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A lot or a little?
The parents' guide to what's in this movie.
What parents need to know
Parents need to know that Colonia starts out as a romance set against the impending overthrow of Salvador Allende's government in 1973 Chile and becomes the intense, lurid story of the main characters' imprisonment in a brutal religious cult. Based on the actual existence of Colonia Dignidad, a powerful fascist settlement in Chile that also served as a prison and torture chamber, the film loses its political perspective early on. Instead, it focuses on the characters' harsh fate at the merciless hands of a real-life ex-Nazi psychopath and his accomplices, who maintain order using violence (graphically depicted beatings and terrorizing), sexual humiliation, and cruelty. The violence is enhanced by name-calling and obscenities ("f--k," "slut," "c--t," "harlot," "s--t," and more) Killings and death are frequent; pedophilia is strongly alluded to.
- Parents say
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What's the story?
It's 1973, and Lena (Emma Watson), an English airline attendant, has a stopover in Chile, where she's hoping to spend time with the man she loves, Daniel (Daniel Bruhl), a German artist who's lending his talent to progressive Chilean leader Salvador Allende's allies in the politically chaotic climate. After two days of bliss, Lena and Daniel are caught up in the chaos when the Allende government is violently overthrown. Augusto Pinochet's military coup overtakes the city, killing some of the Allende supporters and arresting others. Daniel is taken; he disappears. Lena refuses to leave the city, setting out to find him amid the horrors on the streets. She learns that Daniel has been taken to Colonia Dignidad ("The Colony of Dignity"), a religious encampment commanded by Paul Schaefer (Michael Nyqvist), a sadistic torturer and sexual predator. Lena makes her way to Colonia and, pretending to be in search of God, willingly joins the cult. She finds that Daniel is there, but he's been tortured almost beyond recognition -- and, to save himself, he has adopted the demeanor of a severely mentally handicapped man. What follows is a dangerous game, played out against a series of catastrophically diabolical events as Lena attempts to find Daniel and escape with him. (Note: The infamous Colonia Dignidad did exist, and the real-life Schaefer was later caught and imprisoned.)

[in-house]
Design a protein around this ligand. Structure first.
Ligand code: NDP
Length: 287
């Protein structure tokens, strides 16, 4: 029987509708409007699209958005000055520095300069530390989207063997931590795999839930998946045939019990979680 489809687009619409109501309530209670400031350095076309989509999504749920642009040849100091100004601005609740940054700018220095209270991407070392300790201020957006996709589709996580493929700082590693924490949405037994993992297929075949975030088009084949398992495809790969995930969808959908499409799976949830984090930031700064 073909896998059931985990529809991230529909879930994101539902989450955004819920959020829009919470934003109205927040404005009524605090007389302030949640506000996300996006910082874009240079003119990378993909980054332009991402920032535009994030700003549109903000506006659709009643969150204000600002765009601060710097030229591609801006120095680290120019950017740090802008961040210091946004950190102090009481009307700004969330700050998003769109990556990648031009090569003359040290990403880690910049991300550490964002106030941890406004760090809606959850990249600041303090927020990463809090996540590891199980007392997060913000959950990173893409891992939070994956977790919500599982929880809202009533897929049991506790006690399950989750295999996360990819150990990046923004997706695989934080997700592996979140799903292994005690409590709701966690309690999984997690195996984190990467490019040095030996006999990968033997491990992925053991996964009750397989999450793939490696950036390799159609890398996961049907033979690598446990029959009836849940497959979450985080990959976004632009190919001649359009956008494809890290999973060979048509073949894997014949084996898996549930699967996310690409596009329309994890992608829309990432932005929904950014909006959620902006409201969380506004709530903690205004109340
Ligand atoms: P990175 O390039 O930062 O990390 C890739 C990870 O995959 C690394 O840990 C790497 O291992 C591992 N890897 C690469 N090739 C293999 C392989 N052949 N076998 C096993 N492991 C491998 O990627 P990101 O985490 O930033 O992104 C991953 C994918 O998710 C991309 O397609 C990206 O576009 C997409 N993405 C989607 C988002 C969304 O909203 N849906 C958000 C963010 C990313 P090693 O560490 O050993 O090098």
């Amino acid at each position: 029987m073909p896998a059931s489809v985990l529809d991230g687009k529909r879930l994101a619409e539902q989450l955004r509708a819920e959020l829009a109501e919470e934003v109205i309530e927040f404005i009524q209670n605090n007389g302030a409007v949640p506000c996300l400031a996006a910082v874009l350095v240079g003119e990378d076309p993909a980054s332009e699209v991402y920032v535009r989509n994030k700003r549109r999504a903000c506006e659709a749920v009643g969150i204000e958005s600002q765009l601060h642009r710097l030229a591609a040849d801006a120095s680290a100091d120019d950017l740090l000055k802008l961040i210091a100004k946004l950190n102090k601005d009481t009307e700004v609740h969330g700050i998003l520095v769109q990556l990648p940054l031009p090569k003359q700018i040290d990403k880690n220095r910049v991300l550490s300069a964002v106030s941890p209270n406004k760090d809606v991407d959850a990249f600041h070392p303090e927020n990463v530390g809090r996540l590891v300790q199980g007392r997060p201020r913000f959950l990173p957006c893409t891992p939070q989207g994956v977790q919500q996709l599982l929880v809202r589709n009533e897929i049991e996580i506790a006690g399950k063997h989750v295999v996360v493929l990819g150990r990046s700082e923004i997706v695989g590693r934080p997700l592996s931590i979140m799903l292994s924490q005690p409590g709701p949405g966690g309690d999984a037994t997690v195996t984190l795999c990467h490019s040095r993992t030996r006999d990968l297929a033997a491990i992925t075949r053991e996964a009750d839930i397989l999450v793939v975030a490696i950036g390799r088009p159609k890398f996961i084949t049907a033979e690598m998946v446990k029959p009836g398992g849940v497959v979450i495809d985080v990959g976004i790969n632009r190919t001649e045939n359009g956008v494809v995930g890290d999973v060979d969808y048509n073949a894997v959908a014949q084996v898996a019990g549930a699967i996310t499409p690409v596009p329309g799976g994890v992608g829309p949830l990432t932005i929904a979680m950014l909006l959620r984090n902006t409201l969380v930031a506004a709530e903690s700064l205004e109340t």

Is it any good?
Any intention the filmmakers might have had to make modern audiences aware of a particularly barbaric South American regime and its excesses are lost in this story of atrocity and madness. It must have been tempting for Harry Potter franchise co-star Watson to want to carry a movie on her own, and she does so as well as she can.
But the movie's exploitative nature, with its emphasis on brutality and graphic scenes of torture and torment -- as well as sloppy plotting in which so much depends upon lucky circumstance and coincidence -- doesn't help the cause. Nor does Nyqvist's over-the-top performance as the embodiment of evil. Watson may be terrific in her role, but her shift to plot-driving leading lady will have to wait for something better (as will the movie's admittedly important subject matter).
Talk to your kids about ...
Families can talk about what "based on a true story" means. Which parts of this story are true, and which are made up? Why might filmmakers change the facts of what happened? Is it important to you to know what is true and what isn't?
Why do the villains rely on torture? Does it get them what they want? How does the impact of this kind of violence compare to what you might see in an action movie?
What reasons does Colonia give for the obedience and consent of the cult's captive members? On a smaller scale, can you see similarities to bullies and those who go along with them? What risks are involved in standing up to those who do wrong?
- In theaters: April 15, 2016
- On DVD or streaming: June 7, 2016
- Cast: Emma Watson, Daniel Bruhl, Michael Nyqvist
- Director: Florian Gaffenberger
- Studio: Twentieth Century Fox Film Corporation
- Genre: Drama
- Topics: History, Misfits and Underdogs
- Run time: 110 minutes
- MPAA rating: R
- MPAA explanation: language and some violence/torture
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Common Sense Media's unbiased ratings are created by expert reviewers and aren't influenced by the product's creators or by any of our funders, affiliates, or partners.